February 4-May 1, 2012


During spring 2012, MBARI researchers are making a long-awaited return to the Gulf of California, the 1,130-kilometer-long (700-mile-long) finger of water that separates the peninsula of Baja California from mainland Mexico. The expedition, which runs from February 4 to May 10, will build on many of the exciting discoveries made during MBARI’s first trip to the gulf in 2003.

The Gulf of California holds special scientific appeal because of its nutrient-rich surface waters filled with life, its extensive layer of oxygen-poor water, and the many hydrothermal vents, undersea volcanoes, and zig-zag faults that have shaped its seafloor. In addition to studying these diverse physical environments and the fascinating creatures that inhabit them, MBARI’s scientists hope to compare life in the gulf to life in the extensively studied ecosystems of Monterey Bay. In particular, the warm, low-oxygen waters of the gulf may offer a window into the future of Monterey Bay under some climate change scenarios.

Research Plans

A piece of equipment that measures the respiration of seafloor animals surfaces in the early morning in the Gulf of California.

A piece of equipment that measures the respiration of seafloor animals surfaces in the early morning in the Gulf of California.

Like a scientific relay, this 12-week expedition is divided into several legs, each led by a different scientist with a different research focus. Some scientists are measuring ocean currents, while others are studying the diverse animals that swim and drift in the gulf’s clear water. Still others are investigating the chemistry of the seawater and the active geologic features on the gulf’s seafloor.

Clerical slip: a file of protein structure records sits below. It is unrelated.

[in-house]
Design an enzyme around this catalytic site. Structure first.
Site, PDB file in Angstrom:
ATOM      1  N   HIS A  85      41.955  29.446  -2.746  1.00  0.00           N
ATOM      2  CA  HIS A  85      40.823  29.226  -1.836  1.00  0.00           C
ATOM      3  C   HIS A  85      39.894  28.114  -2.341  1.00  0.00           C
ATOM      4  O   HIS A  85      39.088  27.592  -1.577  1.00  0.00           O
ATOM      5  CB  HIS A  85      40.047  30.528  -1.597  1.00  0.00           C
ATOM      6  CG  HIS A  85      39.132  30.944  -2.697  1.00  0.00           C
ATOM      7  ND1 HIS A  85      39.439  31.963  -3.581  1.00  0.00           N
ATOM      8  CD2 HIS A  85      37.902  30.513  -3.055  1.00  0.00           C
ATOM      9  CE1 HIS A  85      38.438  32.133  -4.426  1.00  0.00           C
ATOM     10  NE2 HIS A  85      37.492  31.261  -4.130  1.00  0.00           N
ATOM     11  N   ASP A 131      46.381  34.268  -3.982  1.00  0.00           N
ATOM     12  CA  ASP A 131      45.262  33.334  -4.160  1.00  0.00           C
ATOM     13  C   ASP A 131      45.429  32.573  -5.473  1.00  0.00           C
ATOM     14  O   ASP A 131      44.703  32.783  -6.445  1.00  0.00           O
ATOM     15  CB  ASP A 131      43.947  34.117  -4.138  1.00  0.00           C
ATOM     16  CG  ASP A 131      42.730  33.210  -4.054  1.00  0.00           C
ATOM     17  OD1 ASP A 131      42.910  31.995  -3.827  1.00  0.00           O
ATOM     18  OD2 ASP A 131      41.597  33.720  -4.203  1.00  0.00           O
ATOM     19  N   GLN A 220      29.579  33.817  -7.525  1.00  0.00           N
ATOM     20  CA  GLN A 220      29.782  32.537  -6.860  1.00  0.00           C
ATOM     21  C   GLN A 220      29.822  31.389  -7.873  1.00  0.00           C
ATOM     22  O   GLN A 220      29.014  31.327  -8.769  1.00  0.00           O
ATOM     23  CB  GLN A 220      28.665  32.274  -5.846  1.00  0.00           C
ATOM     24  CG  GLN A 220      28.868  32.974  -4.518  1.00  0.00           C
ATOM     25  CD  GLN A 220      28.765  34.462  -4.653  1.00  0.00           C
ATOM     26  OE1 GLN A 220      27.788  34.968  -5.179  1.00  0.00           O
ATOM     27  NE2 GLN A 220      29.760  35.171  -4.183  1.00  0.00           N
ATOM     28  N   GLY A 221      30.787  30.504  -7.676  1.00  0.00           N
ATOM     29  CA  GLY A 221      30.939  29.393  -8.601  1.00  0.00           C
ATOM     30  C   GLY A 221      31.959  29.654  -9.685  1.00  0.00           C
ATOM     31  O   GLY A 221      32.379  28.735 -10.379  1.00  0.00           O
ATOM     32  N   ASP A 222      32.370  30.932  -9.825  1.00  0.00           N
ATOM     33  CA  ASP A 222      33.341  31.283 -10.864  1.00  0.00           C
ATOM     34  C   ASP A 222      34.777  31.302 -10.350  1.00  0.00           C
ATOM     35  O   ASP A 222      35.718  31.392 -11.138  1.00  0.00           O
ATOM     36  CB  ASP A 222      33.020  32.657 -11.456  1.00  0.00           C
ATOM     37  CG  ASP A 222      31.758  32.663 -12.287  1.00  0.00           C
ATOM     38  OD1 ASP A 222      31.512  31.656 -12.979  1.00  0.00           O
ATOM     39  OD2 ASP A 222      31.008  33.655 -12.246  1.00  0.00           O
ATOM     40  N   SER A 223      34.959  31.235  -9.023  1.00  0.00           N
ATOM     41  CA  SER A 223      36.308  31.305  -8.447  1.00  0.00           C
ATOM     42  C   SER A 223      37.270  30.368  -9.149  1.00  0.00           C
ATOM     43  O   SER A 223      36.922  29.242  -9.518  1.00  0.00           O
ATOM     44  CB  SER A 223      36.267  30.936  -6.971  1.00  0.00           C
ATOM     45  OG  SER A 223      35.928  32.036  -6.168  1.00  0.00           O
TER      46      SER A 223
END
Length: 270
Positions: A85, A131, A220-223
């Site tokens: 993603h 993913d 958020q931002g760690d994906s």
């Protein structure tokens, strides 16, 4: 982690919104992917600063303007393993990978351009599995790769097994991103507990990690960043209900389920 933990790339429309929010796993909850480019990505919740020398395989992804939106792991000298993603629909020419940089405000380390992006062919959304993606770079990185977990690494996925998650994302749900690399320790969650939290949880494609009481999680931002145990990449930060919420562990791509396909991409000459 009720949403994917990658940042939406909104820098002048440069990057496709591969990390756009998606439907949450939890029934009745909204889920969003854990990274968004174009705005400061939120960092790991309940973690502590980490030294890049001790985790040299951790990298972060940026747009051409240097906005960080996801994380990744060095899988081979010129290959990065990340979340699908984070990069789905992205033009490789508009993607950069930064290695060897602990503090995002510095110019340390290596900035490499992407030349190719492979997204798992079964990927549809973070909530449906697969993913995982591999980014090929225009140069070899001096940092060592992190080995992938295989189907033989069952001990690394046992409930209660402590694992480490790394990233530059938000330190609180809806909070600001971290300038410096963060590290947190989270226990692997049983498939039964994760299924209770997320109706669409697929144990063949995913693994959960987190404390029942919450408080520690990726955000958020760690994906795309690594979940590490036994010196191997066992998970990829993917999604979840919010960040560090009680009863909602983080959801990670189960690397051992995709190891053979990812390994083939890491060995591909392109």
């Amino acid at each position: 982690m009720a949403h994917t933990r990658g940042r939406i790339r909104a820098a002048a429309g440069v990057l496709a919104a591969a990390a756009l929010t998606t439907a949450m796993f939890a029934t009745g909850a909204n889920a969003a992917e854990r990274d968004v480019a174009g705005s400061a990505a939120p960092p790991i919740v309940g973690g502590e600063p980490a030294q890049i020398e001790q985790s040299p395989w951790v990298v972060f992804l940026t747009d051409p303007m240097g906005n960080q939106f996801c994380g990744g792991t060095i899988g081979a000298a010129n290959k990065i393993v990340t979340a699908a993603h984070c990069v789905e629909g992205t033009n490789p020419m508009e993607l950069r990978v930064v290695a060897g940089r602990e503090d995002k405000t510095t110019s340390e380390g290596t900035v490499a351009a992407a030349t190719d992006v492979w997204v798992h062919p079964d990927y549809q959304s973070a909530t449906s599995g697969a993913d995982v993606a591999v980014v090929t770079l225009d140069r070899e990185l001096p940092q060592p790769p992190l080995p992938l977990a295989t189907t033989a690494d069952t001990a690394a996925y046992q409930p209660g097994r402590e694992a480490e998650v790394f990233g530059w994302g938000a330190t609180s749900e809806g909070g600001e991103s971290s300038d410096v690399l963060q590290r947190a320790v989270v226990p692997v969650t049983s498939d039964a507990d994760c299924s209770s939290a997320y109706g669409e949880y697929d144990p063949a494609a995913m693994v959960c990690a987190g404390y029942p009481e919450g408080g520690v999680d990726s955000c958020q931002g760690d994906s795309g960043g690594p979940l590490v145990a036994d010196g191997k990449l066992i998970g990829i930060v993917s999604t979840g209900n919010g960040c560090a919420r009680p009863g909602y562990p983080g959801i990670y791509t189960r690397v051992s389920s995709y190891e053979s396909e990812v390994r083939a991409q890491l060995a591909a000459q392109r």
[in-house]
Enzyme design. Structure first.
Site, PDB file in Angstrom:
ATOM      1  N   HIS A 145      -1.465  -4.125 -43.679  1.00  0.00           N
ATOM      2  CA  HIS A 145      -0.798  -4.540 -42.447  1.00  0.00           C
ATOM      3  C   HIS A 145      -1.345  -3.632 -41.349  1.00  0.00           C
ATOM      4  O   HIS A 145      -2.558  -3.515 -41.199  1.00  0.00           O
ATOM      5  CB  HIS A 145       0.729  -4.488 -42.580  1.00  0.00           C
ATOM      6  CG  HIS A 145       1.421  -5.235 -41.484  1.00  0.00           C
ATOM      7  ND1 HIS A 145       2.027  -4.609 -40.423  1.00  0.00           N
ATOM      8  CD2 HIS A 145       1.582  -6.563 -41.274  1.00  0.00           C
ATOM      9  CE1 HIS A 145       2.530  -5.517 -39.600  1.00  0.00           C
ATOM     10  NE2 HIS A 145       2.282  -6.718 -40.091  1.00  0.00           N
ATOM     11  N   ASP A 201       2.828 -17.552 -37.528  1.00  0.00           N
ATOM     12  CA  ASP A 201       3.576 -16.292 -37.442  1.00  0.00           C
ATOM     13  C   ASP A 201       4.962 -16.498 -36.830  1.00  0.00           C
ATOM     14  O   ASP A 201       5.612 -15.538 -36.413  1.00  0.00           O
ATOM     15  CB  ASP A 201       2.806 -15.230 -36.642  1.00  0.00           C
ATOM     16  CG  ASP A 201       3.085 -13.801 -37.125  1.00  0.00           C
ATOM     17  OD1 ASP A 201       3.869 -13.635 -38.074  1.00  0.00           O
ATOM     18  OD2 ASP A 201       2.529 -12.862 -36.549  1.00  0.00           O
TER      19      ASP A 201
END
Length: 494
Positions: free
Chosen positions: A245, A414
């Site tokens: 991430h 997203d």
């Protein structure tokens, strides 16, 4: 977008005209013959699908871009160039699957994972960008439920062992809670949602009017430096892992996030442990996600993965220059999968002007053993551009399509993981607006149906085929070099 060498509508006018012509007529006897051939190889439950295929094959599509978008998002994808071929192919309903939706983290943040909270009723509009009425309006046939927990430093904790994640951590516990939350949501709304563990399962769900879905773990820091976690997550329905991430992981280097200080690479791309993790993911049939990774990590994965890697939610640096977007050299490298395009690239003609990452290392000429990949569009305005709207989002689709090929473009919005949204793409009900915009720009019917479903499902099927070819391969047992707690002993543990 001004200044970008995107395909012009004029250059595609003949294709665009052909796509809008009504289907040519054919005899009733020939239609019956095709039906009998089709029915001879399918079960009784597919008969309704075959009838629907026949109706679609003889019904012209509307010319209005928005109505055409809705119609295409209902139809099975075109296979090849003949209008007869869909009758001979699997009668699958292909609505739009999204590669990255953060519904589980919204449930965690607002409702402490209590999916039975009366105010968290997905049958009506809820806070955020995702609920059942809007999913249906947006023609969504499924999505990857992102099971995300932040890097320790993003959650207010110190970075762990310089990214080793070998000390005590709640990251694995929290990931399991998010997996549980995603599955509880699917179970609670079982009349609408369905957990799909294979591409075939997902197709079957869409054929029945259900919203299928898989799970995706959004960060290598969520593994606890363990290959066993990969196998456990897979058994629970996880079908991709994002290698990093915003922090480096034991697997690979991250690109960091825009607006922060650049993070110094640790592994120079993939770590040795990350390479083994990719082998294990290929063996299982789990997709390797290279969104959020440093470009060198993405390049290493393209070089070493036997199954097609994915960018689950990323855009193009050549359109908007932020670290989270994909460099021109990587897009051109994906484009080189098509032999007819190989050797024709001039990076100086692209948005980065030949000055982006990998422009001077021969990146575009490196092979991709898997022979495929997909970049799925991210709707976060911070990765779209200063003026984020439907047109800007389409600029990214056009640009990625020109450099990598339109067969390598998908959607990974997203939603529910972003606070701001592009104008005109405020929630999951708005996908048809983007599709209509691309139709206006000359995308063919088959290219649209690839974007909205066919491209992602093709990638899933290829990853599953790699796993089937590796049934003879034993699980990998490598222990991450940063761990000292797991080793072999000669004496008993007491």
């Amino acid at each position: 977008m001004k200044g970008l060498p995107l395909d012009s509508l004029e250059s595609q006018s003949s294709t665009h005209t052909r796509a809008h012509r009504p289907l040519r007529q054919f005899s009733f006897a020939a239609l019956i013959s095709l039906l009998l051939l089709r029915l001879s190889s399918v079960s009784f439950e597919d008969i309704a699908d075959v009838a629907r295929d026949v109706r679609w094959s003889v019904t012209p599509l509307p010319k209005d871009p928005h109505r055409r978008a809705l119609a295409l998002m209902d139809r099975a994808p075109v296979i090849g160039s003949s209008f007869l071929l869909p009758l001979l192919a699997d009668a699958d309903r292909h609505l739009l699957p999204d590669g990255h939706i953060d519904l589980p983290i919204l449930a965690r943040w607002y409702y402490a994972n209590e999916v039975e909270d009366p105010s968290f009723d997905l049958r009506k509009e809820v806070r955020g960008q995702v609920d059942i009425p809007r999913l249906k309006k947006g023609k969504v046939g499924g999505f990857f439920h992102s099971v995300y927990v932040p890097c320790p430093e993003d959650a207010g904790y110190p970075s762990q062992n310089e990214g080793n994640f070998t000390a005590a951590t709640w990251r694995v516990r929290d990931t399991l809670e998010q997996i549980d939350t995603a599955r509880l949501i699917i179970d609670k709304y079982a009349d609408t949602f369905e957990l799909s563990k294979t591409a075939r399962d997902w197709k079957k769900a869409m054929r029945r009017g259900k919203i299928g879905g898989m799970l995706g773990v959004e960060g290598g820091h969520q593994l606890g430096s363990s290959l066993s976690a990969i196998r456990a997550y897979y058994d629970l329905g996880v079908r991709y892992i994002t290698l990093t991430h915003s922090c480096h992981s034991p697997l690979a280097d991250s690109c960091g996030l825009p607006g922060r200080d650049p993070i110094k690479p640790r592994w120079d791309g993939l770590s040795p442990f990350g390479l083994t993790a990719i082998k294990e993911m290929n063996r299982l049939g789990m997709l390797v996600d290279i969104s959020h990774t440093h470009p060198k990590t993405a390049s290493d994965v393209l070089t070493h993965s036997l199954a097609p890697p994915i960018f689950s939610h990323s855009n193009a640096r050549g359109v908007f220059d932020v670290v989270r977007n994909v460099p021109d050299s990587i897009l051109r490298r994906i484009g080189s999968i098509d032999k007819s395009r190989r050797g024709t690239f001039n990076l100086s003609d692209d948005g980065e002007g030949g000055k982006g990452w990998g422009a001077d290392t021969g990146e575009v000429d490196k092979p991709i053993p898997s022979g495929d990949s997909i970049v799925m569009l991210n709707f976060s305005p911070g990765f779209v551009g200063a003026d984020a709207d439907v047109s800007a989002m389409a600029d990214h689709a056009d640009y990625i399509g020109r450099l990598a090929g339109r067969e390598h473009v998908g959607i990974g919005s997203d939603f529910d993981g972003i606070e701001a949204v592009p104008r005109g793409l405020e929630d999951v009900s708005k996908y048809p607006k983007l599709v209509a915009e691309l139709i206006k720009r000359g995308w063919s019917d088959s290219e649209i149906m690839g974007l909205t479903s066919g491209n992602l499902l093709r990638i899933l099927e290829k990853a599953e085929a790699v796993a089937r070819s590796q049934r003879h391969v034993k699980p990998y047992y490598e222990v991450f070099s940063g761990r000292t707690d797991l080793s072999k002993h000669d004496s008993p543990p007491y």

In early February, two of MBARI’s research vessels, the R/V Western Flyer and the R/V Zephyr, depart for the gulf. Scientists on the Western Flyer will begin conducting research during their trip south. The Zephyr will travel ahead of the Western Flyer, carrying an autonomous underwater vehicle to map the seafloor of the gulf. Scientists aboard the Western Flyer will use the resulting maps to plan deep-sea dives using the remotely operated vehicle Doc Ricketts. MBARI’s robotic vehicles offer unique access to the deep regions of the gulf, many of which are unexplored.


It is fitting that MBARI’s scientists will journey to the Gulf of California aboard a research vessel called the Western Flyer. MBARI’s flagship research vessel was named after the boat that writer John Steinbeck and marine biologist Ed Ricketts used for a groundbreaking expedition to the gulf in 1940. Their journey of scientific discovery and adventure, recorded in the book The Log from the Sea of Cortez, has sparked the curiosity and imagination of readers for over 70 years.

MBARI’s first expedition to the gulf in 2003 yielded many intriguing observations, and prompted new scientific questions that MBARI researchers are hoping to answer. MBARI’s attempted return to the gulf in 2008 was cancelled after the Western Flyer was damaged while entering the port of La Paz. After years of planning and preparation, the 2012 expedition should produce more exciting finds, and will add to the legacy of scientific exploration in this unique and remote marine environment.